Understanding education loan terminologies

With the rise in the cost of education every year, the demand for education loan is also on the rise among students who want to pursue higher education at prestigious institutes. It helps students to complete their educational commitments without any hassle. Also, being a long-term process, the repayments are deferred until the course is completed and the students get a job. But before applying for any study loan, students need to understand some of the typical education loan terms and terminologies.

Most used (common) Education Loan Terms

In this article, we have prepared a glossary of 10 commonly used terms that you should be familiar with. Learn what these terms mean with regards to your student loan, and it’ll help you stay educated along the way.

Collateral Free Loan

Collateral free loans, in general, means any loan that is disbursed to a student without a supporting collateral or security to limit the lender’s exposure to risk. Collateral free loans are highly beneficial for students who don’t have collaterals to show against a loan. Some of the major benefits of collateral free loans include an attractive and subsidized rate of interest and flexible repayment tenures up to 5 years. This is also one of the most commonly used Education Loan Terms. You might want to check the complete details before opting for a collateral free collateral free loan.


It is a process of paying back a loan over a given set of months. Re-amortization means that once a borrower reward is applied to the loan, the loan will be recalculated to generate a new monthly payment amount. Amortization means paying off of debt over a period of time in regular installments of interest.

Annual Percentage Rate (APR)

The rate that generally the banks charge the students for the loan, including fees or additional costs. Student loans, in general, vary in terms of interest-rate structure, transaction fees, late penalties and other factors – in that case, the APR provides borrowers with a bottom-line number they can easily compare to rates charged by other lenders.


Students may be required to pay an acceleration — or demand for immediate repayment — on their loan under certain circumstances. From the common education loan terms ‘acceleration clause’ refers to a contract provision that requires the borrower to immediately pay off a loan under certain conditions. Acceleration clauses can appear in mortgages, student loans, business and personal loans, as well as leases.

Capitalized Interest

This is one the most confusing Education Loan terms. Unpaid interest that has been added to the principal balance of the education student loan is known as the capitalized interest. The interest starts accumulating during the grace period will be capitalized when the period ends and added to the principal balance of the loan.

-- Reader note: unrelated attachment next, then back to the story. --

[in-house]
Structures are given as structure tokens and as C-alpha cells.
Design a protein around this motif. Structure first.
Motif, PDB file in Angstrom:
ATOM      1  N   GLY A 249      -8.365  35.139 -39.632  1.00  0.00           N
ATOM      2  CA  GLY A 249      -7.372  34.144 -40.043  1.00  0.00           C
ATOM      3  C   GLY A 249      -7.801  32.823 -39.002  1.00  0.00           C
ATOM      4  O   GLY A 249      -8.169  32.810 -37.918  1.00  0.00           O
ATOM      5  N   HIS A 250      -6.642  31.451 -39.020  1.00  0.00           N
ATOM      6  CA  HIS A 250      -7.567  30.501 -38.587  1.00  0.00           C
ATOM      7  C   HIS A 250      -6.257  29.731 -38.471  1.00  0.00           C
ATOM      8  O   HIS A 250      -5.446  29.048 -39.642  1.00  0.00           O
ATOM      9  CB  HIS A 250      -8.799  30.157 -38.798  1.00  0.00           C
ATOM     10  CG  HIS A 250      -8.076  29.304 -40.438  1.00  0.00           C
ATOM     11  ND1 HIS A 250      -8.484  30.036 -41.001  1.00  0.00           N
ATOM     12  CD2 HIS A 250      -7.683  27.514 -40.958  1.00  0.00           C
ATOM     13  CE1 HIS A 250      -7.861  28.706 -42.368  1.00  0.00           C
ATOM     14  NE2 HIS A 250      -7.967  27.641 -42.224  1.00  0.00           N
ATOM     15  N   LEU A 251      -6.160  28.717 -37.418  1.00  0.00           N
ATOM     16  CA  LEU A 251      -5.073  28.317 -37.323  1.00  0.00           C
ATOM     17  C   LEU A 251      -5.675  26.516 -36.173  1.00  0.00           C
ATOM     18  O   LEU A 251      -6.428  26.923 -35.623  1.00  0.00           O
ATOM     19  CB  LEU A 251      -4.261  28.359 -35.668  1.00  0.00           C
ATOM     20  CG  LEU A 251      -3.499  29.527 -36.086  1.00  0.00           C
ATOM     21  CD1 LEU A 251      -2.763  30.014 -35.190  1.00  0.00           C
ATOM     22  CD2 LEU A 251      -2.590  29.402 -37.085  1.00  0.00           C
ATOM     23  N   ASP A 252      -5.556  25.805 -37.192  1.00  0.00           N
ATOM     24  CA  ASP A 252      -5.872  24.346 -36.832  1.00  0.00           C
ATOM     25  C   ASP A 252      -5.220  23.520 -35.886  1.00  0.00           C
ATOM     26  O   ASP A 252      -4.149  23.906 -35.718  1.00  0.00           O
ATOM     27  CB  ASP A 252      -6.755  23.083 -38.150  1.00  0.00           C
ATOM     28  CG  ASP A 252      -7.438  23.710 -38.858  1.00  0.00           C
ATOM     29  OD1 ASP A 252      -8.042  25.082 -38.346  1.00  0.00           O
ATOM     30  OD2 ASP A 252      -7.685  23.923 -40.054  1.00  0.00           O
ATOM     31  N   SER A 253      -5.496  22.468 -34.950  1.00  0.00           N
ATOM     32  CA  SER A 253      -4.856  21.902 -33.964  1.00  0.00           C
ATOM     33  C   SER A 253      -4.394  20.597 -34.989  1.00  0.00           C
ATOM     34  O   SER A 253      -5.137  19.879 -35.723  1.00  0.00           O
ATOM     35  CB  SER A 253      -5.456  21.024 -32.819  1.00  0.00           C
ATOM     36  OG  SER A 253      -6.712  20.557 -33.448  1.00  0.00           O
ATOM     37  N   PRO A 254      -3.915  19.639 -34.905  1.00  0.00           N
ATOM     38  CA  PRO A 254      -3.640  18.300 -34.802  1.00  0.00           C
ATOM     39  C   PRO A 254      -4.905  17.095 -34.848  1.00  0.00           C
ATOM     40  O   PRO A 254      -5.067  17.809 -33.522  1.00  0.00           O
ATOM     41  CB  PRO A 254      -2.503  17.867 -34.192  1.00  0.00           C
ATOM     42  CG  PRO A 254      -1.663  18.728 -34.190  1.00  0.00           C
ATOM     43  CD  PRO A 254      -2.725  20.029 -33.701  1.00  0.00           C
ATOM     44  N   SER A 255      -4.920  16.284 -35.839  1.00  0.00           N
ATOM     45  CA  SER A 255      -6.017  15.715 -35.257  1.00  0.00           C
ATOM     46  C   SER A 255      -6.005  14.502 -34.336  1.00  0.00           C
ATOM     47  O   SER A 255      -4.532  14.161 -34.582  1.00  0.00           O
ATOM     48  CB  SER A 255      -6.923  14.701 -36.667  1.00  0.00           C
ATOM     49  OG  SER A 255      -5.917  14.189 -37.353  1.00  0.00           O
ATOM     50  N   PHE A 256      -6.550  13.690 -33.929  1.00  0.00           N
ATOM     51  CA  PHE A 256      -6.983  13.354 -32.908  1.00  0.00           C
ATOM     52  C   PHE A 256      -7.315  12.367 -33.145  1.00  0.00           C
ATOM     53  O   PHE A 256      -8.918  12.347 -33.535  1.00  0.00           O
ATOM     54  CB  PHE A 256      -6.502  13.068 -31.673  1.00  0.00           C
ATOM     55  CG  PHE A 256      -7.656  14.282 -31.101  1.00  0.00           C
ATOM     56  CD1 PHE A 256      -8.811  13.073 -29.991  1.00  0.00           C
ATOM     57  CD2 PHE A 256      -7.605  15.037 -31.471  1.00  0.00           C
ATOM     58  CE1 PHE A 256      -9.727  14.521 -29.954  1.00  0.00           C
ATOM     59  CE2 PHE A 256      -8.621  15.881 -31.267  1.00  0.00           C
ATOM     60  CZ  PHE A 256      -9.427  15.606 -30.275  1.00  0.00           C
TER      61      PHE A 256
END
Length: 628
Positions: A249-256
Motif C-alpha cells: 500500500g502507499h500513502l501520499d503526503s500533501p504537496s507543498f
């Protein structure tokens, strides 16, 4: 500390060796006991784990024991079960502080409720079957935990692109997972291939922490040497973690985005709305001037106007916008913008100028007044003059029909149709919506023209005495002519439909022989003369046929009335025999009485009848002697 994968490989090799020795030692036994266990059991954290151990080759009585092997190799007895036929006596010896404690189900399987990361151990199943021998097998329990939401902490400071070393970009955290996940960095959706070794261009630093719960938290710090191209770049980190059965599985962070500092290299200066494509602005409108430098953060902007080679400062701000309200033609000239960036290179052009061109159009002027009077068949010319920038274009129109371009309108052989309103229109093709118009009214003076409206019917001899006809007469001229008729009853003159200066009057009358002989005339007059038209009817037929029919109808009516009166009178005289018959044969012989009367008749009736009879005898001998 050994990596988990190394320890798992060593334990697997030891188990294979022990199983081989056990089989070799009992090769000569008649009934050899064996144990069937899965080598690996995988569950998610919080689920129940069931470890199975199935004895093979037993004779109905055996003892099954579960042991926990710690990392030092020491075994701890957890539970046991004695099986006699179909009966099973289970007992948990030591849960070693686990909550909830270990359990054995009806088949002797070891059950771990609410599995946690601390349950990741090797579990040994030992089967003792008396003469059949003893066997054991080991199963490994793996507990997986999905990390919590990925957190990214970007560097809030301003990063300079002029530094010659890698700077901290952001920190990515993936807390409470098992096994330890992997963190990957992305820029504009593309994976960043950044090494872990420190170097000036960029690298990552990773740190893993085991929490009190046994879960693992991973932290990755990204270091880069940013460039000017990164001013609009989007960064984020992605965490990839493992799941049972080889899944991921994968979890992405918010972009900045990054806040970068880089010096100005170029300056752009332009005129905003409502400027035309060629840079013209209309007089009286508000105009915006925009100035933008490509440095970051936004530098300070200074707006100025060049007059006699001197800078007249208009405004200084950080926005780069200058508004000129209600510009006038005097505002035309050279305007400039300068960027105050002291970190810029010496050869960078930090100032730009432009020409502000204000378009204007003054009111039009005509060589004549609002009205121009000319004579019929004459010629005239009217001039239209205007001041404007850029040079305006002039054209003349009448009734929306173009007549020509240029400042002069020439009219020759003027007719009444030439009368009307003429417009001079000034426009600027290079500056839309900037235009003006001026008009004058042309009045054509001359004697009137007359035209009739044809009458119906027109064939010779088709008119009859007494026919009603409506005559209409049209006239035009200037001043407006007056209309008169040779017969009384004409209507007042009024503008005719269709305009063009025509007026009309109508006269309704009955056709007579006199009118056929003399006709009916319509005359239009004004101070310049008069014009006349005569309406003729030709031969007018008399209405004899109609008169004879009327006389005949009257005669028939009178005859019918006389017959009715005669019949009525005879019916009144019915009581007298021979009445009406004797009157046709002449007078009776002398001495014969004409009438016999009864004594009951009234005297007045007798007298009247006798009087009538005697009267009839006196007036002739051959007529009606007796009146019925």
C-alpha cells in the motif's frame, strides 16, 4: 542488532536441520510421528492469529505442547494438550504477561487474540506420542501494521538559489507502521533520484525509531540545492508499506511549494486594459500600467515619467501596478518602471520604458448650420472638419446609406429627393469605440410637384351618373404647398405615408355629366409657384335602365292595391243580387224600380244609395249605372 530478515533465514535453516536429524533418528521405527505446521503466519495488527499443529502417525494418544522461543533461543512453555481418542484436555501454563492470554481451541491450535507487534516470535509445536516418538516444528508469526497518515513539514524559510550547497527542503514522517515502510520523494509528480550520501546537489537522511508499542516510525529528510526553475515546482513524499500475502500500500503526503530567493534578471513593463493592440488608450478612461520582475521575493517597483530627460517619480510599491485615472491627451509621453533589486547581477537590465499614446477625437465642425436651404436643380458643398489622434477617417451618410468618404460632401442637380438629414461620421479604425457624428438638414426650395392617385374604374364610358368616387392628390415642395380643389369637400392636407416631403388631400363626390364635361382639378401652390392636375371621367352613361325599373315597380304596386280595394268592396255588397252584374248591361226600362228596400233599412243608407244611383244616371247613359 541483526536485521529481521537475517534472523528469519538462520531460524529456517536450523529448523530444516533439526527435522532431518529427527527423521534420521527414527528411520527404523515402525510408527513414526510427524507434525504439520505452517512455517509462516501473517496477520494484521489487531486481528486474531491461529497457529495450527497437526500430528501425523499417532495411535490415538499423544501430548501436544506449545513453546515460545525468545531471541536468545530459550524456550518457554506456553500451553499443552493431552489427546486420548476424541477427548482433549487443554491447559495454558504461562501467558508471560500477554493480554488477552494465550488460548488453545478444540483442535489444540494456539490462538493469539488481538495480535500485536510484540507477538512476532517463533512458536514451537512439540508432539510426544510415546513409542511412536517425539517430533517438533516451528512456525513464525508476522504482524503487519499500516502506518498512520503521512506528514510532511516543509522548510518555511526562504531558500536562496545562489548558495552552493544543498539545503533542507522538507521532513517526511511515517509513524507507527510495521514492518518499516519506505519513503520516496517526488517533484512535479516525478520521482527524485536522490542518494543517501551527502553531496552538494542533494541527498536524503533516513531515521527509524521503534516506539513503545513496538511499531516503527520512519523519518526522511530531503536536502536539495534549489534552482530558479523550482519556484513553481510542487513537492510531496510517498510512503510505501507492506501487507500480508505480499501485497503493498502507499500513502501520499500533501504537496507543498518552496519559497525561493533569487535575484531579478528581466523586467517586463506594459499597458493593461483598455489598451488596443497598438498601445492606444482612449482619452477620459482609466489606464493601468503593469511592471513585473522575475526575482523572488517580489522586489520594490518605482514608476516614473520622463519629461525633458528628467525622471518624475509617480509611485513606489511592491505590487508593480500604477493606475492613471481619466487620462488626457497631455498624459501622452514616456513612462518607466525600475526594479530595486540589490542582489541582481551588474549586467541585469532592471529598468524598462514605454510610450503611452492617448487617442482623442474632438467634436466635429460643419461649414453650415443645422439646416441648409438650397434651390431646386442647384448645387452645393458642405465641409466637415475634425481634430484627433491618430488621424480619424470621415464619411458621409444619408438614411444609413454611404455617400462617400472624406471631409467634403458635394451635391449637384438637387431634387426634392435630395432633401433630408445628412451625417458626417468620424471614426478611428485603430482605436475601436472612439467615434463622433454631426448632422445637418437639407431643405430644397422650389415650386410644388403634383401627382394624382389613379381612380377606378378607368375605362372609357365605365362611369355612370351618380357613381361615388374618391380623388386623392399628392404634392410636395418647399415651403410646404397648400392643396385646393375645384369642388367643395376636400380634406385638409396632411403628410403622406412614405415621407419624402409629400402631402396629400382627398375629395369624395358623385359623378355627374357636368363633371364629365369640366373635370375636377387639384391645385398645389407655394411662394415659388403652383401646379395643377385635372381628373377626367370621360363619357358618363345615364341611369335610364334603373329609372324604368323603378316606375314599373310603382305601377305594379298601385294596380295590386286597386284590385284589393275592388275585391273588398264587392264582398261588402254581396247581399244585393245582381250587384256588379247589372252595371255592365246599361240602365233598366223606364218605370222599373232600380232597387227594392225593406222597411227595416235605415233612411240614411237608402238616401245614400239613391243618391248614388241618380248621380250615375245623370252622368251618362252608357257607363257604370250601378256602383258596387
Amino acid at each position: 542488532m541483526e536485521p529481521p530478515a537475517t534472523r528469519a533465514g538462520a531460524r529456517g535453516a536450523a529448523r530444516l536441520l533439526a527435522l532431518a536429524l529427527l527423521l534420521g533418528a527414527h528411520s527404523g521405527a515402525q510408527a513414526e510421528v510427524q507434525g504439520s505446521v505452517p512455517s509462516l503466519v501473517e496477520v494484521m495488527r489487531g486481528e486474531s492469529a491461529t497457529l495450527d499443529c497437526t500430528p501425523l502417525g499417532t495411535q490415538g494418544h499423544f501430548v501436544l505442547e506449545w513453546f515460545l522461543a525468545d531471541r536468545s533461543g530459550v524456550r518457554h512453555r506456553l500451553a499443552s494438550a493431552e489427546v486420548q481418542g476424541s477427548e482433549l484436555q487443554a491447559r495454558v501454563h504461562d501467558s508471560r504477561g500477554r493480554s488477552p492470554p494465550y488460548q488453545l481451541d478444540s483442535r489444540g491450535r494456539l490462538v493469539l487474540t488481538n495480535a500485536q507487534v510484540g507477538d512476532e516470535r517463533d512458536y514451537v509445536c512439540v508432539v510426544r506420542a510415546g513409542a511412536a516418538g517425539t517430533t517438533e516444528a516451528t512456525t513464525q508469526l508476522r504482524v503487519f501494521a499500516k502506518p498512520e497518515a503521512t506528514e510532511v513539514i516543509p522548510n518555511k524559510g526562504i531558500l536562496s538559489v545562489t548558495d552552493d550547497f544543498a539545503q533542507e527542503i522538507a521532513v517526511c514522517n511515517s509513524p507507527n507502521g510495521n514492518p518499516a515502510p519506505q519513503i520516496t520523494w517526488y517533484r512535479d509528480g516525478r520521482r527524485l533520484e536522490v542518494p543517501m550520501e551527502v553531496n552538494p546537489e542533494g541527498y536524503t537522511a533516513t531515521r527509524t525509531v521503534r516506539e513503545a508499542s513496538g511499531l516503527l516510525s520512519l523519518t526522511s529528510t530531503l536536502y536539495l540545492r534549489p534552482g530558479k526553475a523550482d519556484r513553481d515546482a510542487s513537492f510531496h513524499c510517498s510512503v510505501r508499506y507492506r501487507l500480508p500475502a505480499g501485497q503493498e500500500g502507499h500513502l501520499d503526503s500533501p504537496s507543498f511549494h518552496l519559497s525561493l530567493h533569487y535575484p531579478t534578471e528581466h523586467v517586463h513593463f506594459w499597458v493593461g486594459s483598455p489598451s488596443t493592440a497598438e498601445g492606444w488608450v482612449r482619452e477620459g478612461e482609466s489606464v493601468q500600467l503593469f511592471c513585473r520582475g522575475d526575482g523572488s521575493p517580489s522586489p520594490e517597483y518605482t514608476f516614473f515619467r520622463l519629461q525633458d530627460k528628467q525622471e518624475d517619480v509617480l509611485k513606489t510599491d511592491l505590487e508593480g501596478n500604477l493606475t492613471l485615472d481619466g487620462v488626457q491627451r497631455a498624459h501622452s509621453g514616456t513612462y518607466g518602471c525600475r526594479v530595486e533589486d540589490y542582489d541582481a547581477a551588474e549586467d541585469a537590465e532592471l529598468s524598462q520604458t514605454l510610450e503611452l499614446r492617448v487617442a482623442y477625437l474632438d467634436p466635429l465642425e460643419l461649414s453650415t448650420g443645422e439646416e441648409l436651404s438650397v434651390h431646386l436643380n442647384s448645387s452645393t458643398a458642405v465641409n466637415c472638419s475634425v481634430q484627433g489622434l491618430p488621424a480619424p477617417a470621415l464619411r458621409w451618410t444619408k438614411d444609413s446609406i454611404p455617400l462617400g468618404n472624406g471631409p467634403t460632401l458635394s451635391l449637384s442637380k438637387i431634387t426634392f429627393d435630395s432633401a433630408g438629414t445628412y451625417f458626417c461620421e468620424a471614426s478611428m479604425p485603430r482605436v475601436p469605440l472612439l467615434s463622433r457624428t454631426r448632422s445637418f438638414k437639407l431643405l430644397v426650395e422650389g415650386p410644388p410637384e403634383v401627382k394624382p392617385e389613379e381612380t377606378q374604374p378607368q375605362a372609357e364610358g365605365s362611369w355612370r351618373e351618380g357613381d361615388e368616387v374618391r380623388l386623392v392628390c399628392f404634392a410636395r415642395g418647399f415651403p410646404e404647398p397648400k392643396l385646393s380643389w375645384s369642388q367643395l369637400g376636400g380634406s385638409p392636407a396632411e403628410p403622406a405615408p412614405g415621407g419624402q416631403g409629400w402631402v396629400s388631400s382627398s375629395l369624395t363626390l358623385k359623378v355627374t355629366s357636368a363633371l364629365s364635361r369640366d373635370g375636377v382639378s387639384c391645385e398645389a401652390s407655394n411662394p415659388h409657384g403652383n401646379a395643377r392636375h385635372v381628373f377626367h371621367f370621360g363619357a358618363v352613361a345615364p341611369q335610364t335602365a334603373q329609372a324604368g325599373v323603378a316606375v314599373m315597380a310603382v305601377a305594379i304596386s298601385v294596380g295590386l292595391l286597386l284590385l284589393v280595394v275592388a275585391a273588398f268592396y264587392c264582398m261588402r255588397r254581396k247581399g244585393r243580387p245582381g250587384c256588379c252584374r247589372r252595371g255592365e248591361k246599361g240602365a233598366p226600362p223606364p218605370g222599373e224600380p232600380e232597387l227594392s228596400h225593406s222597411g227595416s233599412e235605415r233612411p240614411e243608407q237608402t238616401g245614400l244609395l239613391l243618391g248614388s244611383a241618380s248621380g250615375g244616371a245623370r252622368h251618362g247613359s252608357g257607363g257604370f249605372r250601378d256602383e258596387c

Co-Signer Facility

In certain cases, someone with excellent credit history will be asked by the banks to sign a form agreeing to repay the education loans if the student concerned is not in a situation to pay it back. This person is called as a co-signer for a student loan.


A student loan can be postponed using forbearance, but the interest will most likely be accruing during this time. Using forbearance, you can temporarily stop paying your student loan for a certain period of time. Students need to find out if they qualify for a deferment or forbearance.

Grace Period

Certain banks offer students a period of time to pay back the loan after completion of their studies. This is called grace period. During this period, banks don’t expect payment from students.

Income-Driven Repayment Plan

If a student’s loan is high in comparison to the overall income level, they may qualify for an income-driven repayment plan. Student loan borrowers are eligible for this type of repayment plan based on certain factors such as income, family size, state of residence and type of loan.

Credit Report

It is a report that is submitted by a credit reporting agency and provided to a lender to determine a borrower’s creditworthiness. This particular report includes a list of debts, past accounts etc. The credit report also includes information about bankruptcy etc.

Some uncommon Education Loan Terms:-

Loan Forgiveness

When the borrower fulfills certain obligations to the bank, then the remaining balance of the education loan gets discharged (forgiven). If you’re struggling with debt, student loan forgiveness could save you as well. A number of student loan forgiveness programs are there for specific categories. People who work in public service, education, health care, and other fields can avail such programs.


To refinance your current student loan means to apply for a new loan (hopefully with a lower interest rate) to pay off the existing debts. In the long run, refinancing can be a money saver as it can save you thousands of rupees. But refinancing a loan might mean losing certain protections as well.


A loan servicer is a person who helps students for tasks related to education loans such as billing, repayment plans, and loan consolidation.

Cost of Attendance (COA)

The estimated cost of educational expenses for a period of enrollment, which usually includes tuition fees, room, board, supplies, transportation, and miscellaneous personal expenses as determined by the school.

Promissory note

This is your education loan’s contract. If you need answers about your repayment options or rights as a borrower, look in your promissory note.